JOSE MOURINHO says taking over as Tottenham manager has left him ‘smiling for two days’.
Spurs sent shock waves through the Premier League this week when they followed the surprise news of Pochettino’s sacking with the swift appointment of the former Manchester United and Chelsea boss.
Appearing in front of the media for the first time, the Portuguese (pictured) said: ‘I do it with a bit of sadness, but I have to speak about Mauricio.
‘I have to congratulate him for the work he has done. This club will always be his home. This training ground will always be his training ground. The door will always be open for him.
‘He can come when he wants. When he misses the players, when he misses the people he worked with. The door is always open for him.
‘He will find happiness again. He will find a great club again. He will have a great future.’
As for his own feelings at taking over a side who finished as runners-up in last season’s Champions League, he said: ‘I’ve been smiling for two days.’
Mourinho appeared fractious and frustrated for much of his time at United, delivering an EFL Cup and the Europa League but falling short of restoring them to the highs of the Sir Alex Ferguson era.
Invited to elaborate on whether his outlook had changed during a hiatus of almost a year, he added: ‘I think, I have to believe so.
‘I always thought that these 11 months were not a waste of time. They were months to think, to analyse, to prepare. You never lose your DNA, you never lose your identity, but I have time to think about many things. During my career I have made mistakes.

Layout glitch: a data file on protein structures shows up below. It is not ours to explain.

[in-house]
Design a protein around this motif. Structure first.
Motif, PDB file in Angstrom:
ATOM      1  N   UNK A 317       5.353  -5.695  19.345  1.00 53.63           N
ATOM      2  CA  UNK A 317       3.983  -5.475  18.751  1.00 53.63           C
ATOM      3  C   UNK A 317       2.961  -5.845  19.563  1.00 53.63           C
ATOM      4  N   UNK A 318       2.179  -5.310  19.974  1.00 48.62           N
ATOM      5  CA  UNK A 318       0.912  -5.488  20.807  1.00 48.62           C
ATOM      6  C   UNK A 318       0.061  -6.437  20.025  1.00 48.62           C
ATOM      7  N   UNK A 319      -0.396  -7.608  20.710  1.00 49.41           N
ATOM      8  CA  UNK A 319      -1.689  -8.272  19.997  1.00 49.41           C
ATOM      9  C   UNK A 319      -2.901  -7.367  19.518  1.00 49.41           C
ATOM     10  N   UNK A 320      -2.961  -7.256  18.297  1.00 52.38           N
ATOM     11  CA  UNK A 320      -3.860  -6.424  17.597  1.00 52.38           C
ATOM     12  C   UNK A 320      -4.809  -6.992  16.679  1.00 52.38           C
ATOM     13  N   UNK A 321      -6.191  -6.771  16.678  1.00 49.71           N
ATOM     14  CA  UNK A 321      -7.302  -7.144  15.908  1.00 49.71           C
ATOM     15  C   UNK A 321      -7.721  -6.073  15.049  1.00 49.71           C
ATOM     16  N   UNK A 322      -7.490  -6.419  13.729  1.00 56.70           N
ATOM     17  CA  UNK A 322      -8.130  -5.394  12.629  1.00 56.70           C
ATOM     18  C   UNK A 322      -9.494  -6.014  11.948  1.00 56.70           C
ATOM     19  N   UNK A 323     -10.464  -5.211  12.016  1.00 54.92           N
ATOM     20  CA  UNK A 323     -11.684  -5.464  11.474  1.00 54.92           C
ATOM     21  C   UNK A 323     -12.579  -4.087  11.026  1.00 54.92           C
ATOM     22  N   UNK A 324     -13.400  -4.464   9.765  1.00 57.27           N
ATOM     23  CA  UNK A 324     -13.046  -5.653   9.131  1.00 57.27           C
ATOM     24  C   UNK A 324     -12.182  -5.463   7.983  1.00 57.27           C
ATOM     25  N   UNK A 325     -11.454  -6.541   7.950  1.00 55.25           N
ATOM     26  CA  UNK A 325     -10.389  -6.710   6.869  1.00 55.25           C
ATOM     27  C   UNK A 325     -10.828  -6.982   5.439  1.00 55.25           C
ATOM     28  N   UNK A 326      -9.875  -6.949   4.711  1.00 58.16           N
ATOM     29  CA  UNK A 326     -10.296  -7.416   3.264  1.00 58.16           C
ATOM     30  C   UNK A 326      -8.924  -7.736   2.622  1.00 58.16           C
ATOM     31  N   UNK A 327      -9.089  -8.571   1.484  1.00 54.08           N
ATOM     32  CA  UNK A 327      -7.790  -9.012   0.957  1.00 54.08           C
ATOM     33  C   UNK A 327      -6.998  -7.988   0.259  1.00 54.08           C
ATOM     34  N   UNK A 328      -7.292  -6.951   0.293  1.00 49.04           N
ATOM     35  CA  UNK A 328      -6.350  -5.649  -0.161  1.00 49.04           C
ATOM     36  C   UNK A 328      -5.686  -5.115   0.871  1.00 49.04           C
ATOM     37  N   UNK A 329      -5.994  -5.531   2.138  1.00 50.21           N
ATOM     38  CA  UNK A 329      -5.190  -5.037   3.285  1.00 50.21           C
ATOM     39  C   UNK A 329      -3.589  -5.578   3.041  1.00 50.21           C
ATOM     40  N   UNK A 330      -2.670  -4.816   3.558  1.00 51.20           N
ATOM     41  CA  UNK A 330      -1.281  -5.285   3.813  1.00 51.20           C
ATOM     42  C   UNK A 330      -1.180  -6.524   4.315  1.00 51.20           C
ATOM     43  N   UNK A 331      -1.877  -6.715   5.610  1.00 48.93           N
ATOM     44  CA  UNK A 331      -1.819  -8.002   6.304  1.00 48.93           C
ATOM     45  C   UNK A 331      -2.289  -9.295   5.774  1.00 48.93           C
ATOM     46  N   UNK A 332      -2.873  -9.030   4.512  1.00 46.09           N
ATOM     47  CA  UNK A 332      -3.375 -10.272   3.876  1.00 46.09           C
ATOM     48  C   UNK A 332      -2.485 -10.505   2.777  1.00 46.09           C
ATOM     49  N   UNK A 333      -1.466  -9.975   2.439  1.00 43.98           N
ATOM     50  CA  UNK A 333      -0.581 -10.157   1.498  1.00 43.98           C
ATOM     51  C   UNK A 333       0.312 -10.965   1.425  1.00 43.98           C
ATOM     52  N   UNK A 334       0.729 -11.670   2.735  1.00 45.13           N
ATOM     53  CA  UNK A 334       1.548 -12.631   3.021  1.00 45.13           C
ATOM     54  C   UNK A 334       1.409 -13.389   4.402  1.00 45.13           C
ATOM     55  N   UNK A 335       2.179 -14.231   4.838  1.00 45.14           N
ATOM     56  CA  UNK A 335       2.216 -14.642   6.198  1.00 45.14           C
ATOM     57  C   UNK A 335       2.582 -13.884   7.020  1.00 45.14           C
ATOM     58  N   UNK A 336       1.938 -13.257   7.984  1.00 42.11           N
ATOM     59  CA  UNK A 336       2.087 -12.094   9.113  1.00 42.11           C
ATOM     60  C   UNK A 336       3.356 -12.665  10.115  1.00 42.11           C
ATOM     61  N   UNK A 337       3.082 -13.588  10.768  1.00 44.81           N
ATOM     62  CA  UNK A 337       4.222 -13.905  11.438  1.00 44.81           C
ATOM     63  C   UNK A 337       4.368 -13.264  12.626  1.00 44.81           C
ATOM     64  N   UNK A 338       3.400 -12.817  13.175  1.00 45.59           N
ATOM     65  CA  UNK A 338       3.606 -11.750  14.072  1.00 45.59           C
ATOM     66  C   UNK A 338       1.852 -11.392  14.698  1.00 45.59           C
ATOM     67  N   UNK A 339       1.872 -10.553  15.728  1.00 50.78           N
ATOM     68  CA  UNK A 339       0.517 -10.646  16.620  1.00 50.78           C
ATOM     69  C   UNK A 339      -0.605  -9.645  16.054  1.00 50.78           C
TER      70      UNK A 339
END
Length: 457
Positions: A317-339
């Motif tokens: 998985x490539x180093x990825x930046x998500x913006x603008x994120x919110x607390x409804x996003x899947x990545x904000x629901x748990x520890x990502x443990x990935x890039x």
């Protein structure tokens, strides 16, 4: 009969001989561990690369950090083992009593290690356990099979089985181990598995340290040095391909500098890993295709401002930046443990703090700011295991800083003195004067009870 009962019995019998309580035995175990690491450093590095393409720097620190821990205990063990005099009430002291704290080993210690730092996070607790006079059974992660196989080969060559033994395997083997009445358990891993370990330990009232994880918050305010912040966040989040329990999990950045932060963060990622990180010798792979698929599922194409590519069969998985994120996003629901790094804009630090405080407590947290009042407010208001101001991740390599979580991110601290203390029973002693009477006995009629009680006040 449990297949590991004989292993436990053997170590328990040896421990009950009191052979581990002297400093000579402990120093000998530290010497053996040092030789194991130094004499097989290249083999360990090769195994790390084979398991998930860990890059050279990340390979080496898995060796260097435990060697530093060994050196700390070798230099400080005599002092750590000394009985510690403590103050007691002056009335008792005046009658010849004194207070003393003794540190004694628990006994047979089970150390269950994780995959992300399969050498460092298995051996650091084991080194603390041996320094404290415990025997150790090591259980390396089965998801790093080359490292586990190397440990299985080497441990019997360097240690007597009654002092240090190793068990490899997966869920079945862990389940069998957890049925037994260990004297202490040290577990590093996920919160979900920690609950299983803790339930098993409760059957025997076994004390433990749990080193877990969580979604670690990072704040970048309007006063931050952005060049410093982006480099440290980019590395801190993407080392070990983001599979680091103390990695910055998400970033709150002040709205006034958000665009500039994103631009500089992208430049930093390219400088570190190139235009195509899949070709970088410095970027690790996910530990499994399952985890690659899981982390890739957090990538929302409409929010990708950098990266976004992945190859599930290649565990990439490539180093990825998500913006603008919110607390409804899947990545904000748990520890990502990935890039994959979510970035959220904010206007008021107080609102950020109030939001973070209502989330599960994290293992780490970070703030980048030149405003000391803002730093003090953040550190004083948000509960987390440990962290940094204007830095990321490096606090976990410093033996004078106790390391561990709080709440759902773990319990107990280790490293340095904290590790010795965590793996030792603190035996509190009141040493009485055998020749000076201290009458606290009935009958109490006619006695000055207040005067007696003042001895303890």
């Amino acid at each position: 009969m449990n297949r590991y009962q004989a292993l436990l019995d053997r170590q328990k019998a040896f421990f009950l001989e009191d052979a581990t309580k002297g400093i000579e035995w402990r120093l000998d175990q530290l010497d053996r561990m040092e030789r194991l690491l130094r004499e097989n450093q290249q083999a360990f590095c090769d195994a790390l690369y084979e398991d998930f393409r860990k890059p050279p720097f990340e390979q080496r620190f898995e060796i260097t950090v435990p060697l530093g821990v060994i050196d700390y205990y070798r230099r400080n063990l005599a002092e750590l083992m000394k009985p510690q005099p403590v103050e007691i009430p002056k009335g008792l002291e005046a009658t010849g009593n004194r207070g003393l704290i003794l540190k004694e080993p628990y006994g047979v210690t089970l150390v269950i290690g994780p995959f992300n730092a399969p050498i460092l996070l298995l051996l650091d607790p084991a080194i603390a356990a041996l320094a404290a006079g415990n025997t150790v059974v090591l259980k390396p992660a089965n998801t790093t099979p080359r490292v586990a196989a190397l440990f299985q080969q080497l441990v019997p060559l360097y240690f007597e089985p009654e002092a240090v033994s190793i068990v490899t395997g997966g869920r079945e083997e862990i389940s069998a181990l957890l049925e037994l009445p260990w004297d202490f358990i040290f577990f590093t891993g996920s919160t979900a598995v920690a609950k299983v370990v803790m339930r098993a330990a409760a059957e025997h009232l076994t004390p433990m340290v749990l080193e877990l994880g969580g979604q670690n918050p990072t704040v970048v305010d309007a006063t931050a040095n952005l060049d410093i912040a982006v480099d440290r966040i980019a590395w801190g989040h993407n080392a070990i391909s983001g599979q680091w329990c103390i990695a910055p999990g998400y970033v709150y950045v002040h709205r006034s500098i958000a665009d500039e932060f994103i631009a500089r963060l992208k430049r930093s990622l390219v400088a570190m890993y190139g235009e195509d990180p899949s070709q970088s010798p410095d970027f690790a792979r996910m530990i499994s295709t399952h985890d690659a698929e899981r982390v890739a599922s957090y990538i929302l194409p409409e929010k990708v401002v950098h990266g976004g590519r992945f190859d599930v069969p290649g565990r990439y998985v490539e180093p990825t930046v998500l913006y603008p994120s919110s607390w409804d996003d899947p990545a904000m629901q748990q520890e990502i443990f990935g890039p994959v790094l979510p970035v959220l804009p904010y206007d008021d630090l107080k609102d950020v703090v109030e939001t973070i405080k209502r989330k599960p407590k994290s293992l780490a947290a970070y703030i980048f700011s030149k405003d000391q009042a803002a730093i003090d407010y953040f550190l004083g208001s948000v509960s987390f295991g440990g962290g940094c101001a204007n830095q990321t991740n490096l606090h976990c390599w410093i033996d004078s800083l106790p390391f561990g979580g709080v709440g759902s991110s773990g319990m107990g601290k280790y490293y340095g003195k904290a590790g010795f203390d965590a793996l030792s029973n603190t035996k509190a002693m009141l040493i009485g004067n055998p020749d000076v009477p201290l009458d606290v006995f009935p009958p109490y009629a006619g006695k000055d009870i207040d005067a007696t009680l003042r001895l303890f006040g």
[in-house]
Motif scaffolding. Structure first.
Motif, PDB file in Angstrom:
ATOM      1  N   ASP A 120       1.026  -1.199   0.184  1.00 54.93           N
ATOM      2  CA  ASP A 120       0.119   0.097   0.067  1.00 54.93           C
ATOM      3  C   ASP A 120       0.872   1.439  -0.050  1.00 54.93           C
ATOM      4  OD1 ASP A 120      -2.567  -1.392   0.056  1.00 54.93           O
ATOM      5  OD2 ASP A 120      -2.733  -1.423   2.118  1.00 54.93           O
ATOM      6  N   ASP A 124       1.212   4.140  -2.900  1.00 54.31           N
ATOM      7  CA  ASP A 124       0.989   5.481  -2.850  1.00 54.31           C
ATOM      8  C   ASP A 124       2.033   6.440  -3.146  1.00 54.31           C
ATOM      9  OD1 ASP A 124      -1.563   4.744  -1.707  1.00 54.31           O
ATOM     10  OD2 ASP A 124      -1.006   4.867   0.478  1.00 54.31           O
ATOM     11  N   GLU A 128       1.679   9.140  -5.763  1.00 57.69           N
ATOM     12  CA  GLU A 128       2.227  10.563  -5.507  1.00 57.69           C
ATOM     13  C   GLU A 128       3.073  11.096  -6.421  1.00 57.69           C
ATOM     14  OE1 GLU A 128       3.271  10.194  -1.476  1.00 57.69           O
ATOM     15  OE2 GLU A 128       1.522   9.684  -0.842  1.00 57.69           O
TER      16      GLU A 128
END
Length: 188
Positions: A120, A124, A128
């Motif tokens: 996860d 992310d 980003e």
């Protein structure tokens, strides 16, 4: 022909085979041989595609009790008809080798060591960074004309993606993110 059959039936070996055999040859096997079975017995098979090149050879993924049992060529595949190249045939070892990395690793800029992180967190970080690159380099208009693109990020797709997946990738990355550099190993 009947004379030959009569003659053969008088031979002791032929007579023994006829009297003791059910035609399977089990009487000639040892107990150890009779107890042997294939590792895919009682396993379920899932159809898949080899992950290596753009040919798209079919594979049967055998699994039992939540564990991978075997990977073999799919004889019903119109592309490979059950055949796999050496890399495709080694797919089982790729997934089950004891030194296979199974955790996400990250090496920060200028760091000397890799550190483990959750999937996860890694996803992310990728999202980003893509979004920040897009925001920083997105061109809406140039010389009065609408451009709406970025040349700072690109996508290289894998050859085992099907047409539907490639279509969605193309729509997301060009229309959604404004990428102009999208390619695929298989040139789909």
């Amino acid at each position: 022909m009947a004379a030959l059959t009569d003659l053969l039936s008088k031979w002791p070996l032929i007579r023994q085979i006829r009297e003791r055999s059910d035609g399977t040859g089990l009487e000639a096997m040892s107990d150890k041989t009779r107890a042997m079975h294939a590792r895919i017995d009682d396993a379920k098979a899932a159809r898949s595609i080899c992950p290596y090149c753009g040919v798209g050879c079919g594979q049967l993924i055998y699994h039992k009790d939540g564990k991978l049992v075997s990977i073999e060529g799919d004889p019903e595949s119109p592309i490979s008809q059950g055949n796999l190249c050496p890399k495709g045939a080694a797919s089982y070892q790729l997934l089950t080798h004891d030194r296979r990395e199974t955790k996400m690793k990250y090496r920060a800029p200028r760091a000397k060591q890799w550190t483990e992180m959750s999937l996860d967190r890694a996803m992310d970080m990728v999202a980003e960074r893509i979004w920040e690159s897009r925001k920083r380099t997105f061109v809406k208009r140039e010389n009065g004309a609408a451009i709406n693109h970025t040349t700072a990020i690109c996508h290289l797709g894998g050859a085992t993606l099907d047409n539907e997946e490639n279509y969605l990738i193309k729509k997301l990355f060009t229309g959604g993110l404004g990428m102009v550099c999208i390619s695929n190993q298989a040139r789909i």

‘I am stronger, I am relaxed, I am motivated, I am ready and I think the players felt that in two days. I am ready to support them, this is not about me. It is about the club. I am here to try and help everyone.’
Mourinho is known to be enthused by the quality of the playing staff at his new club, and was even linked with several of them while in charge at Old Trafford.
Yet he would not have been handed this opportunity had Spurs’ form not been in a trough, a fact he acknowledged.
‘In relation to the difficulty of the job, every time a club changes in mid-season it is because the situation is not good, that is obvious, unless something strange happened that we don’t know outside,’ he said.
‘Results make these decisions. I don’t have a great experience of getting teams in mid-season, it is only the second time I have done it.
‘I did it in Porto in 2001, but I thought about it for the last few months because I thought I was going to get a team in mid-season.’
The 56-year-old has managed some of European heavyweights and made it clear the job at Tottenham is one that excites him.
‘I know I have a great job on my hands. The potential of the club is huge, the potential of the club is great, the vision that [chairman] Mr [Daniel] Levy put in front of me about his club and the quality of the players, the quality of the squad, were the main reasons why I decided to come.’